Danish Crown Teterow stops processing pigs

by Editor fleischwirtschaft.com
Wednesday, July 24, 2019
Danish Crown is discontinuing its pig slaughtering operations at its Teterow site in the Rostock district.
Photo: Danish Crown
Danish Crown is discontinuing its pig slaughtering operations at its Teterow site in the Rostock district.

The Danish Crown (DC) meat group is discontinuing its pig slaughtering operations at its Teterow site in the Rostock district. A spokesman for the Danish company explained that difficult market conditions had led to this management decision.

Thus also the national guild federation of the Fleischerhandwerks in Mecklenburg-Western Pomerania estimates the situation. "Our federal state is probably the first without a slaughterhouse”, said managing director Torsten Gebhard in the discussion with the afz – allgemeine fleischer zeitung. The stock of pigs can be seen, according to Gebhard. According to the livestock count of the Federal Statistical Office in May of this year, there are 788,100 animals in the country on the Baltic Sea. The news is also not good news for the butcher's shop in Rostock. The cooperative's range of products has so far scored points for its short distances, regional character and freshness.

The fact that the internationally operating slaughtering and cutting group does not want to bring any more pigs to the hooks from the end of August on, meets with incomprehension.

High prices for the raw material pig do not only challenge Danish Crown. A few weeks ago, top management rated the half-year results as "a respectable result". However, the ambitious targets were not met and the Danes therefore decided to implement a tight cost-cutting programme. In the current 2018/2019 financial year, for example, around € 350 mill. are to be saved across the Group and 300 to 400 jobs are to be cut. In the first six months of the financial year, the profit from operating activities, at around € 143.29 mill., fell short of the previous year's figure. In January 2019, CEO Jais Valeur spoke of a tough battle for slaughter pigs in Germany and the advance of the Spanish slaughter industry. On the domestic market, DC has provisionally cut 175 jobs at the Horsens site because the supply of slaughter pigs has recently become increasingly scarce.

However, Danish Crown is not leaving Teterow completely, as the slaughter of cattle and their processing and marketing are to be combined and concentrated there. According to DC Sales Manager Ralf Heisterkamp, new processing and value-added opportunities are to be developed for this purpose.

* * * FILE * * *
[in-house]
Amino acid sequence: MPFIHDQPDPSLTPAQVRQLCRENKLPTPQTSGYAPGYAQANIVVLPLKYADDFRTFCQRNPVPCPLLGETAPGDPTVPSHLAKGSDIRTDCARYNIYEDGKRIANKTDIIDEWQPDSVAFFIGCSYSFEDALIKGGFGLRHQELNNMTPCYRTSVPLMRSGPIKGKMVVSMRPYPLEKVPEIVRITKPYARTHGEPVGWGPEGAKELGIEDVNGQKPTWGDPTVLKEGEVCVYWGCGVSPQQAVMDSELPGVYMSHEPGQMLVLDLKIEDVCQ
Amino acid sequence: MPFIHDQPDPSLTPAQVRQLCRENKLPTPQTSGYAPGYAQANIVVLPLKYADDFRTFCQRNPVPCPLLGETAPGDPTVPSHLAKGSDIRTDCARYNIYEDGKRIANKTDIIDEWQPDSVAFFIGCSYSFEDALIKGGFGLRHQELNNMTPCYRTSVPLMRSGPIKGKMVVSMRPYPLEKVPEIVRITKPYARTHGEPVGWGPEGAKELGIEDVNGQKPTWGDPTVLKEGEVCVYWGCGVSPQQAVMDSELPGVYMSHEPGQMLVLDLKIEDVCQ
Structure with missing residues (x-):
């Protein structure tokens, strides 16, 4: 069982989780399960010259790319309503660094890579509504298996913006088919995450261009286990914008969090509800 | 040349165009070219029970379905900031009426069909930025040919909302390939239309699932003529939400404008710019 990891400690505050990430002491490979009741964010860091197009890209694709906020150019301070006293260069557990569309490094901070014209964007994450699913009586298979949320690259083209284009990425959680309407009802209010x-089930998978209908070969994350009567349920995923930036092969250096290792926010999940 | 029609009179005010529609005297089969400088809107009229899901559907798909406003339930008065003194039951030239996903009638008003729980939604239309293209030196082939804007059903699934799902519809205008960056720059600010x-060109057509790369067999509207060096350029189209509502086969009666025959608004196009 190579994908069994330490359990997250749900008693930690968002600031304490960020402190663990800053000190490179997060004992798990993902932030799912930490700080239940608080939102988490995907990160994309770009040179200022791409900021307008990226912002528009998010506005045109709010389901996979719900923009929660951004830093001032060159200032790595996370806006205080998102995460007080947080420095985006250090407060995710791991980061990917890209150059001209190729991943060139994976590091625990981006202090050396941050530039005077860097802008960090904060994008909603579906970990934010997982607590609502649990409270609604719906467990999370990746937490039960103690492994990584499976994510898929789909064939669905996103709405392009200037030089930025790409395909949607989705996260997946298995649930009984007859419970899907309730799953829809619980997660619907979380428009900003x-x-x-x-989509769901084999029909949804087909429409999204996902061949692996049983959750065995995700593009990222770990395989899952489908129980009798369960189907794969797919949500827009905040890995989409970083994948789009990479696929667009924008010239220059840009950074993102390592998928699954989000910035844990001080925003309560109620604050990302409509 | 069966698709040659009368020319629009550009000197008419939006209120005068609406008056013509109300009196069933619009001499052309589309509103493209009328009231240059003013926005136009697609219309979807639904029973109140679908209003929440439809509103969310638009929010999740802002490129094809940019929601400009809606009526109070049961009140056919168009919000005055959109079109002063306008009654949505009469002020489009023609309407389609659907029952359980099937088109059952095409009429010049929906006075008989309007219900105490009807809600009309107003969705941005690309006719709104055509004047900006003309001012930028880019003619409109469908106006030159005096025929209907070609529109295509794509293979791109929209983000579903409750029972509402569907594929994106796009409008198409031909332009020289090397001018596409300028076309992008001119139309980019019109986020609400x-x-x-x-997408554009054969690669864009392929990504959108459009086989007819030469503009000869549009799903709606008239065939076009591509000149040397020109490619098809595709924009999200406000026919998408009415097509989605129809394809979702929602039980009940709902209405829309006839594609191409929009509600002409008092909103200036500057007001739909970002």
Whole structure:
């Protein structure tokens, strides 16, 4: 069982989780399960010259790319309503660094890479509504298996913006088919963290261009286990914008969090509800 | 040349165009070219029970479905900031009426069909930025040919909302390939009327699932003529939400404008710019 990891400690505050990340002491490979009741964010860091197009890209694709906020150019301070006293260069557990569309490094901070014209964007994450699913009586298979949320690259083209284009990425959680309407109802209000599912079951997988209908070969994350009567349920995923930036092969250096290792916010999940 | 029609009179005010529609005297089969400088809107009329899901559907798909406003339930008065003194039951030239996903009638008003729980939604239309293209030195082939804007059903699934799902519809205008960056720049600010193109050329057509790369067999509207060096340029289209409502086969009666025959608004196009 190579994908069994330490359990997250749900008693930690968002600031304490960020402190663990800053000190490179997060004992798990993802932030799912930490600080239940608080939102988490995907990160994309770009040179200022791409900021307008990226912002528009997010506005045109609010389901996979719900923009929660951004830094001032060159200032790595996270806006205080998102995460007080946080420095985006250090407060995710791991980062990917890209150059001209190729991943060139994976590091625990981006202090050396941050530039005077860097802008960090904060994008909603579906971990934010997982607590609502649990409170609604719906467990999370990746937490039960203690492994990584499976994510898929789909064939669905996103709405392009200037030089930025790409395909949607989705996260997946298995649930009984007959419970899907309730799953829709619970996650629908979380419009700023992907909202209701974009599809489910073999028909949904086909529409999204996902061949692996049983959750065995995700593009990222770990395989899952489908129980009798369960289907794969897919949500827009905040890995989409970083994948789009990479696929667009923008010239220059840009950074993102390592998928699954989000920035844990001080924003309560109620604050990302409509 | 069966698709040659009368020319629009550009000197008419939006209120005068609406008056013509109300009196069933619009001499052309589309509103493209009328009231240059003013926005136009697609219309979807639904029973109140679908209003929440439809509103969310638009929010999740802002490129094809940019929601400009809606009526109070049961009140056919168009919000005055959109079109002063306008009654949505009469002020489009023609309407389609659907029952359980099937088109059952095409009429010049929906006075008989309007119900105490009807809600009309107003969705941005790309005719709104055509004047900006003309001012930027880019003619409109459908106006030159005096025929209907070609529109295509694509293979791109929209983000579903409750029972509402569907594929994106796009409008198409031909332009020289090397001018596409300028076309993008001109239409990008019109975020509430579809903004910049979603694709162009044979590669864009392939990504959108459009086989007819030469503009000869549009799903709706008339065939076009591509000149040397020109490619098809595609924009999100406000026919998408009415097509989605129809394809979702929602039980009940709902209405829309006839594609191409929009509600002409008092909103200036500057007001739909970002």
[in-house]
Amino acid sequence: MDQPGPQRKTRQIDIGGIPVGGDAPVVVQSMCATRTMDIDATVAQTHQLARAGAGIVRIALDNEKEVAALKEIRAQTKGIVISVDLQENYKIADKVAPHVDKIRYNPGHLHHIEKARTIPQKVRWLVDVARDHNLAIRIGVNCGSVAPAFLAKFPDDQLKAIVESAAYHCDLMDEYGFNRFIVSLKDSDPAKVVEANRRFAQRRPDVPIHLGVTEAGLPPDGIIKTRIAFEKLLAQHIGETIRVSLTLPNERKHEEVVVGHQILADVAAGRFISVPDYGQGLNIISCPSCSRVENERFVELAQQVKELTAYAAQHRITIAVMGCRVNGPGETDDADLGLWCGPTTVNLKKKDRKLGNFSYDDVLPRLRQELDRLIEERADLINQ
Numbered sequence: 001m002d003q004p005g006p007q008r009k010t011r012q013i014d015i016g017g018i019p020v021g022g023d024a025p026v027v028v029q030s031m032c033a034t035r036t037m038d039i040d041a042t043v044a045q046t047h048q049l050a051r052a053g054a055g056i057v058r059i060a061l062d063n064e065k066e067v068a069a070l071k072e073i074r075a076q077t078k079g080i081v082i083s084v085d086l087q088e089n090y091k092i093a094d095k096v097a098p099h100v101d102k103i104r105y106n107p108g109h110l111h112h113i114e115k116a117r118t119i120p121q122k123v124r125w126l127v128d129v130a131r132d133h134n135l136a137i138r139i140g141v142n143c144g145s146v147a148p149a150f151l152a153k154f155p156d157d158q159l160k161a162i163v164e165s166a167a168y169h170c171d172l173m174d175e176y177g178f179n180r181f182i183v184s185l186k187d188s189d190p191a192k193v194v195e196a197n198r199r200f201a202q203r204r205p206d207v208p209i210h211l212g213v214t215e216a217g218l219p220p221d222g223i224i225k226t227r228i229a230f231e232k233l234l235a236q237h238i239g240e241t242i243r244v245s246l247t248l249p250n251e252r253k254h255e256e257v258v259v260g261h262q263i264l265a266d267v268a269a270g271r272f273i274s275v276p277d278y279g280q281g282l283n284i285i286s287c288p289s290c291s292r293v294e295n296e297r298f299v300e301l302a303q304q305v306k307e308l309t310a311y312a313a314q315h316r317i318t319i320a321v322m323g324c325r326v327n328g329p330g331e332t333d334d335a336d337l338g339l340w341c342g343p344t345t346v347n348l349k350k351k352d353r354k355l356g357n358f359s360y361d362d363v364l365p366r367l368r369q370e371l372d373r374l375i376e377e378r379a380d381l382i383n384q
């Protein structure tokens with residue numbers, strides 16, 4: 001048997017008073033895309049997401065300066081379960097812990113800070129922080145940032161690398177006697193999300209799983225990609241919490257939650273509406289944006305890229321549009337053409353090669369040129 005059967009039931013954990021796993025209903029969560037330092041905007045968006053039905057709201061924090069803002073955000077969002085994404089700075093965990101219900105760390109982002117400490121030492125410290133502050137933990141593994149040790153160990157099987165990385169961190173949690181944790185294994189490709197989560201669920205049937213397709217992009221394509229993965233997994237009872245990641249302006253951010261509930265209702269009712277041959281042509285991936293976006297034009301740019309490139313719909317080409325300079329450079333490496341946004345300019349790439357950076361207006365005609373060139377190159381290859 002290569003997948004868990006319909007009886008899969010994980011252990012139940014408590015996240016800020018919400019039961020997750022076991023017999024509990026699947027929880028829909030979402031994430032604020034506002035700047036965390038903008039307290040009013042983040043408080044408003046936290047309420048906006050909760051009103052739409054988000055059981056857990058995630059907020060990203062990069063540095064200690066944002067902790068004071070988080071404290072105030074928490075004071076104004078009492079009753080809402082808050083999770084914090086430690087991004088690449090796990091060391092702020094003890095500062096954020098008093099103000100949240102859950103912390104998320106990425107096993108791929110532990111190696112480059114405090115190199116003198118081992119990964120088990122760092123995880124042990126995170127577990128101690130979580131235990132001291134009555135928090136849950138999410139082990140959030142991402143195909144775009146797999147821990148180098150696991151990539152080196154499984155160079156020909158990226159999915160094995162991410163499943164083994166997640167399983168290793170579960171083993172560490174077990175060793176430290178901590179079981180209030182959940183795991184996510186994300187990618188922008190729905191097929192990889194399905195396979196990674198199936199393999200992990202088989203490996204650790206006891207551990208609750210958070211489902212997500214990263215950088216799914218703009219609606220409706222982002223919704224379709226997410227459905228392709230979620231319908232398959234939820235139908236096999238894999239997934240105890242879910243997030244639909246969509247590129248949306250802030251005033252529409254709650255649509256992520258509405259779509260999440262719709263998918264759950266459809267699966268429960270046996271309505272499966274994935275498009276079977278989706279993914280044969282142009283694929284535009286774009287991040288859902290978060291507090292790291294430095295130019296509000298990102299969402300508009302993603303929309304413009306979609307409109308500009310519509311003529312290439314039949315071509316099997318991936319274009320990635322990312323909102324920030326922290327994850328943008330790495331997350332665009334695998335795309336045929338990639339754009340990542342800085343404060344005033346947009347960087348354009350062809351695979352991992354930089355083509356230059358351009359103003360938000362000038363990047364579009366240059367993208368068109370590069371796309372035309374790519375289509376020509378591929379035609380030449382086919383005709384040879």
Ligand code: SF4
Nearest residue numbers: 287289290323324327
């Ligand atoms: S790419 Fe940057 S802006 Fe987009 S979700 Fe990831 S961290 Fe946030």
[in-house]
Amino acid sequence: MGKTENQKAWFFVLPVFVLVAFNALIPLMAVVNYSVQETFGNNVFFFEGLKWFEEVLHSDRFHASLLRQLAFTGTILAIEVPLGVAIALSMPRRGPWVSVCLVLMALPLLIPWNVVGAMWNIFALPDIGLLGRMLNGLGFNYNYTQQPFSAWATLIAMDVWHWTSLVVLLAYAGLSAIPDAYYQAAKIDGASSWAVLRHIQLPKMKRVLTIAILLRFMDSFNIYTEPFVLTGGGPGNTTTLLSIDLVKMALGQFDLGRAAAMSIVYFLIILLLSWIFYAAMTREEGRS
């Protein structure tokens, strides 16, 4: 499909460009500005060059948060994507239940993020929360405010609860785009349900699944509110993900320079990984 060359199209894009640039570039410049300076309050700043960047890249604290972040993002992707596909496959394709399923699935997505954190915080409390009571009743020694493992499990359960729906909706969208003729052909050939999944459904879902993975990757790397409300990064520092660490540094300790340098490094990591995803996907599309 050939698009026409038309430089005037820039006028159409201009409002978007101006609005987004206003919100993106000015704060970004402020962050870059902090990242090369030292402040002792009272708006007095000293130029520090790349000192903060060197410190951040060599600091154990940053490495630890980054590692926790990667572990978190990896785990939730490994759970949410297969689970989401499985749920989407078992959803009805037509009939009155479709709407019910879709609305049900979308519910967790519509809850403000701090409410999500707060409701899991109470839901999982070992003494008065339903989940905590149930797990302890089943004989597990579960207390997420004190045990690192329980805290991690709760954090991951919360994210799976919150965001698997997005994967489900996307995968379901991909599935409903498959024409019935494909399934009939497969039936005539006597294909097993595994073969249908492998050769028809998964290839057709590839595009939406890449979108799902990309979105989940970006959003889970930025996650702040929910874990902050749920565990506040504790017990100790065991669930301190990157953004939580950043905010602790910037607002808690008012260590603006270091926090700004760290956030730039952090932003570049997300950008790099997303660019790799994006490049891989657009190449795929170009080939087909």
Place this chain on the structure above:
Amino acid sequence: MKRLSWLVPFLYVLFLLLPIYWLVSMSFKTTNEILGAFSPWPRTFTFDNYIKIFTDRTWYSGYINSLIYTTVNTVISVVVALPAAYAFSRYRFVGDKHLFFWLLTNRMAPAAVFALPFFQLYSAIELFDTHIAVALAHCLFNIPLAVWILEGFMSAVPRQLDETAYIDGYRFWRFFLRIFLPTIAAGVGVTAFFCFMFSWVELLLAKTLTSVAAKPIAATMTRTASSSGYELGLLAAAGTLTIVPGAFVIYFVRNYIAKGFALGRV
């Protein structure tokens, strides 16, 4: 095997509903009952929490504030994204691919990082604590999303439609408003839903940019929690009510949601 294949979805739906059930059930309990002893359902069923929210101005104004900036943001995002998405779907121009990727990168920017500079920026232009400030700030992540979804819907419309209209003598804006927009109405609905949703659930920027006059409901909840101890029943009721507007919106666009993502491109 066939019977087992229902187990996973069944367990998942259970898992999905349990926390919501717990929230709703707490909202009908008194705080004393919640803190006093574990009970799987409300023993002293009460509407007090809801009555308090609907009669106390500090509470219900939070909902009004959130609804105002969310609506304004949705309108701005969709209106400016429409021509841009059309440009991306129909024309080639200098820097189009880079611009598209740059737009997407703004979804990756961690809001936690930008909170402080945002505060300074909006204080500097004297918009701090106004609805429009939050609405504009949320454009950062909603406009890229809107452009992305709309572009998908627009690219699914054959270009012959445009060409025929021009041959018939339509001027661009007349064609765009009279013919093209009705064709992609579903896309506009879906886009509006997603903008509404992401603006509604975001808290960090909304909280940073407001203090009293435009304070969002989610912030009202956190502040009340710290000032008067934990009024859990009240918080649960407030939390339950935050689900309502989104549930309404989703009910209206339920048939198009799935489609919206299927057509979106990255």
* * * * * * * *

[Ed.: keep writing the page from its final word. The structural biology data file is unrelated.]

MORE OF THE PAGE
DC took over Teterower Fleisch GmbH only in April 2017 and assured the continued existence of the slaughterhouse at that time. At that time both the butchers and the head of the agricultural department in Schwerin, Backhaus, were relieved that the company would remain a reliable marketing partner with short transport routes for the slaughtered animals from domestic production.

According to DC managing director Kay Rohloff, there will be only limited layoffs among the core workforce because the company wants to offer the affected employees a different job at the Teterow site. Employees who are no longer employed receive support measures such as applicant training. On the other hand, around 50 employees have to leave the plant in the contract for work and services. The talks are to take place promptly.

The end of pig slaughtering in Mecklenburg-Western Pomerania presents agriculture with major problems. Many farmers invested in new stables that meet the criteria for more animal welfare. This also includes short transport distances.

Vion operates the nearest slaughterhouse in Perleberg, Brandenburg. The distance there is about 130 kilometres. The slaughterhouse maintained by Tönnies in Kellinghusen in Schleswig-Holstein is about 250 kilometres away via the A20 Baltic Sea motorway.

The nearest slaughterhouse in Szczecin, Poland, is no alternative, especially from the Vorpommern region. Across the border, there is a fight against the spread of African swine fever. Only at the beginning of July did a new outbreak occur with more than 1,700 animals in the Warmia-Masuria voivodeship in the east of the country.

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